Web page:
The bottom line here is correct:
Elizabeth Warren wants to finance a single-payer health care system by, in part, requiring employers to take their current per-employee spending on health insurance and kick it over to the government instead.
This helps her achieve her desired talking point that the plan does not involve an increase in taxes on the middle class. But it’s also a highly unusual program design that you don’t really see in foreign health care systems. And as her plan acknowledges, it wouldn’t really be sustainable over the long run to have different employers facing sharply different health care costs when their employees are all getting the same health care regardless.
Bernie Sanders, who has not released a similarly detailed financing scheme, has criticized this idea and instead touts an employer-side payroll tax and an income tax hike (with an exemption for low-wage workers) as better financing mechanisms.
Somewhat contrary to the main public image of the two New England progressives, Sanders’s idea here seems more technocratically sound while Warren has basically chosen to fulfill a talking point at the expense of sound program design. On the other hand, you can’t change the health care system unless you win the election first. And new polling conducted by YouGov Blue on behalf of Data for Progress confirms that with her preferred pay-for, Medicare-for-all polls better than if you use alternate tax ideas.
Poll numbers obviously don’t change the fact that a payroll tax would probably be more financially advantageous for most people. But in a world where even if the 2020 election goes extremely well for Democrats there is extremely little chance of a full-blown Medicare-for-all plan being enacted, all these proposals are campaign props more than real policy blueprints. And Warren has narrowly succeeded in crafting the prop she needs — something consonant with her “plans” schtick (which Sanders’s purposeful vagueness would not be) that also polls well.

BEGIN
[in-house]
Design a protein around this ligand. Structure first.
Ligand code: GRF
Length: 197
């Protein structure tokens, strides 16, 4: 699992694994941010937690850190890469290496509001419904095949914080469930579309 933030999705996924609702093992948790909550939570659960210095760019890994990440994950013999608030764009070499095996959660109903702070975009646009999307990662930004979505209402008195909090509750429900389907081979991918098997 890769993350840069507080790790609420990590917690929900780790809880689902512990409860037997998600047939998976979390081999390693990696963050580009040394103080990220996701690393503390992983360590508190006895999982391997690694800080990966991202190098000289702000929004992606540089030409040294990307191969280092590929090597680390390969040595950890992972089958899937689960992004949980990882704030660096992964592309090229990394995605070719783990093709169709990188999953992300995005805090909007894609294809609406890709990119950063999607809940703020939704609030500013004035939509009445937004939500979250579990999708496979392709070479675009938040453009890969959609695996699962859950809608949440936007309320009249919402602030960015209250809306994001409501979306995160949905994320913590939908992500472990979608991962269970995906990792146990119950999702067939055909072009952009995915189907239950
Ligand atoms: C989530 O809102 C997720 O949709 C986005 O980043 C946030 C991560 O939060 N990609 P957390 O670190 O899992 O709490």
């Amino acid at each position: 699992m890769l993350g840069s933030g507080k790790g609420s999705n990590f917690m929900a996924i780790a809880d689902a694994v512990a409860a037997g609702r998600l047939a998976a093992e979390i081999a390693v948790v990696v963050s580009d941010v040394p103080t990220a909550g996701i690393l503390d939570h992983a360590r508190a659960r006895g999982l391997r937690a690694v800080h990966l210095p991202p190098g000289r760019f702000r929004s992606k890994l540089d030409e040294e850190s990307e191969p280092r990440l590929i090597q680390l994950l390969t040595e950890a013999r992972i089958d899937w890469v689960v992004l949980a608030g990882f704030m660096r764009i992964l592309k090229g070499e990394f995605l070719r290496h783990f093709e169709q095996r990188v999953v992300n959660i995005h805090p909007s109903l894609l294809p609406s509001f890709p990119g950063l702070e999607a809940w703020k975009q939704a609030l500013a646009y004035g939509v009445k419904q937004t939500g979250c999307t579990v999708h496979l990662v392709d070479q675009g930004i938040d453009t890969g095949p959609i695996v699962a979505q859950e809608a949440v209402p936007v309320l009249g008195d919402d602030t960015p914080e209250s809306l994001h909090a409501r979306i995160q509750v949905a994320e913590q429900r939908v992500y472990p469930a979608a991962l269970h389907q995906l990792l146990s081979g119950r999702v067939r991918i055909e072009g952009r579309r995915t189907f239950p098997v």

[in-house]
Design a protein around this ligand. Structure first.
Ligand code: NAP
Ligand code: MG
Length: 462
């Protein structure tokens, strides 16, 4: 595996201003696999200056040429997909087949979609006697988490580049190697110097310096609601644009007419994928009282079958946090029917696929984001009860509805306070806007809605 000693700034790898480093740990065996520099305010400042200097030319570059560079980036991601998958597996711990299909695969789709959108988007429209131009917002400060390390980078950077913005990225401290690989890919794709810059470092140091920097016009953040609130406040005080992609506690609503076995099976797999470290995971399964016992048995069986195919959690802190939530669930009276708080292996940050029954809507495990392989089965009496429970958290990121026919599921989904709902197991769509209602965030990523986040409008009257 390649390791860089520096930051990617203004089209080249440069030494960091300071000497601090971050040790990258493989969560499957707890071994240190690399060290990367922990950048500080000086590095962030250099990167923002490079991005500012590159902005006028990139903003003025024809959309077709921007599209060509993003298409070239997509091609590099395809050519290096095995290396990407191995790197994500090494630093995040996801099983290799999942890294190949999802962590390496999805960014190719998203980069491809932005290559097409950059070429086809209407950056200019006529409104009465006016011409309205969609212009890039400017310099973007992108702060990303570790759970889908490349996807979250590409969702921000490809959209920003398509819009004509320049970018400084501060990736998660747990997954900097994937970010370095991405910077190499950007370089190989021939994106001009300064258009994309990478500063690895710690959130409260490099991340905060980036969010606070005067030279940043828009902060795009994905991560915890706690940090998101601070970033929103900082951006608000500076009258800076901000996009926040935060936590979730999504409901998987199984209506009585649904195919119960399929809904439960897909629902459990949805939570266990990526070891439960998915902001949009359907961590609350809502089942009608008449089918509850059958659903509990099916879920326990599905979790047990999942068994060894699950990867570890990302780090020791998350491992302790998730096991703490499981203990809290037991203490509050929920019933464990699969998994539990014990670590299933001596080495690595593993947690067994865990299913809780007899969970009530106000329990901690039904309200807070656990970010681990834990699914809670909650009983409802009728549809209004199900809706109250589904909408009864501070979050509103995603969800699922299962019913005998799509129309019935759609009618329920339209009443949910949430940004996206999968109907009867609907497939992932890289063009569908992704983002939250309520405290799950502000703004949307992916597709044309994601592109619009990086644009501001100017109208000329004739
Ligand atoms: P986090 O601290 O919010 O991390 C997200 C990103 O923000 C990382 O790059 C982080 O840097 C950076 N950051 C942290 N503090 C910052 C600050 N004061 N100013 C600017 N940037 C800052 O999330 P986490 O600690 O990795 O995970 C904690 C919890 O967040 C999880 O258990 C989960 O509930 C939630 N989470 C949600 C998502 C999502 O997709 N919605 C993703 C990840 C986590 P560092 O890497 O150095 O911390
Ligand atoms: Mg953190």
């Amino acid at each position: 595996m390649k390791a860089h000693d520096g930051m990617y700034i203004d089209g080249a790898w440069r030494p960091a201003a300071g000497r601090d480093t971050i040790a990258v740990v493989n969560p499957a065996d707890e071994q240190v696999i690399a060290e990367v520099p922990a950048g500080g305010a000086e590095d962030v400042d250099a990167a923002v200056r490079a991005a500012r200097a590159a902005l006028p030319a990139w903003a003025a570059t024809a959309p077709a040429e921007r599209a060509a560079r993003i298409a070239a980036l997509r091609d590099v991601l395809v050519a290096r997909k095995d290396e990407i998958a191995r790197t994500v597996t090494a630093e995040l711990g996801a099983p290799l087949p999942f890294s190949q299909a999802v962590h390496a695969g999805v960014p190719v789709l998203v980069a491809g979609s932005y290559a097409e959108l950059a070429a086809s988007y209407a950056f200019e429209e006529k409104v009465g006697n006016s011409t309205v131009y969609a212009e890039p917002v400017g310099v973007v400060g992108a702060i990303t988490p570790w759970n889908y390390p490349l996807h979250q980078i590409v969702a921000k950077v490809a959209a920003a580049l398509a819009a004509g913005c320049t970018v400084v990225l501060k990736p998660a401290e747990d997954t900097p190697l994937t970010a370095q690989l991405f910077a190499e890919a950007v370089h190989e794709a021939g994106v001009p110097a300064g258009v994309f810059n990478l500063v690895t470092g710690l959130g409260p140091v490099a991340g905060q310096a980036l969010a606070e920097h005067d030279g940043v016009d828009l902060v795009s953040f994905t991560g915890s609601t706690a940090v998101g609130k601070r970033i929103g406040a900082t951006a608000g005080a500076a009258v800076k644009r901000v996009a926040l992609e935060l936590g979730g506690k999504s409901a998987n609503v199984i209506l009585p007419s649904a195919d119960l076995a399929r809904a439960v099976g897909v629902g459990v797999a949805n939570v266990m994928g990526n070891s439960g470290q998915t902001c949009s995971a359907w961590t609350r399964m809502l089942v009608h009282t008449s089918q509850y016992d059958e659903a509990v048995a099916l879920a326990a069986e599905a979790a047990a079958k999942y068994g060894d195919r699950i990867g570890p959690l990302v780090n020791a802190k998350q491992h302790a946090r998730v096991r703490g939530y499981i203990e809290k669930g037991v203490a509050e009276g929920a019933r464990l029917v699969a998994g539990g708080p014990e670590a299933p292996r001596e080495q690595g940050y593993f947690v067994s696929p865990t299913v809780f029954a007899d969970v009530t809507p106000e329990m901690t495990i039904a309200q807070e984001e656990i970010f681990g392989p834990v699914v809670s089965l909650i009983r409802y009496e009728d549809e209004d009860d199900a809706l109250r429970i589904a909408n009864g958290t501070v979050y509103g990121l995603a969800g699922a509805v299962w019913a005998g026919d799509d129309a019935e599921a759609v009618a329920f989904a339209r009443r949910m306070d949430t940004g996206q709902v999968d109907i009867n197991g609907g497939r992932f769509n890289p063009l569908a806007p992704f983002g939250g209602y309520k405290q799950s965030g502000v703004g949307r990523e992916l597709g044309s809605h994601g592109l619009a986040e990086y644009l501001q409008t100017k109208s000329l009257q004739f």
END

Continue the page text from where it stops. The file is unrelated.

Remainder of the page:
This difference echoes the debate over the individual mandate during the 2008 primaries, in which Obama chose the more popular position and Clinton the more technocratically sound one. Obama won, and yet the final version of the ACA had the mandate anyway — the specific details of a policy will get worked out after you get enacted so might was well run on the most popular version. Only in his way Obama was onto something: it’s not a coincidence that the mandate, the one component of the ACA that polled badly, is also the core component Republicans have been able to get rid off. And it turns out that the carrot is much better incentive than the stick anyway.
And, of course, as Yglesias says the stakes are much lower this time, because there’s no way in hell the next Congress is enacting any version of Medicare For All no matter who wins the election. So run on what polls well, not on what the most formally sound version of the policy would be.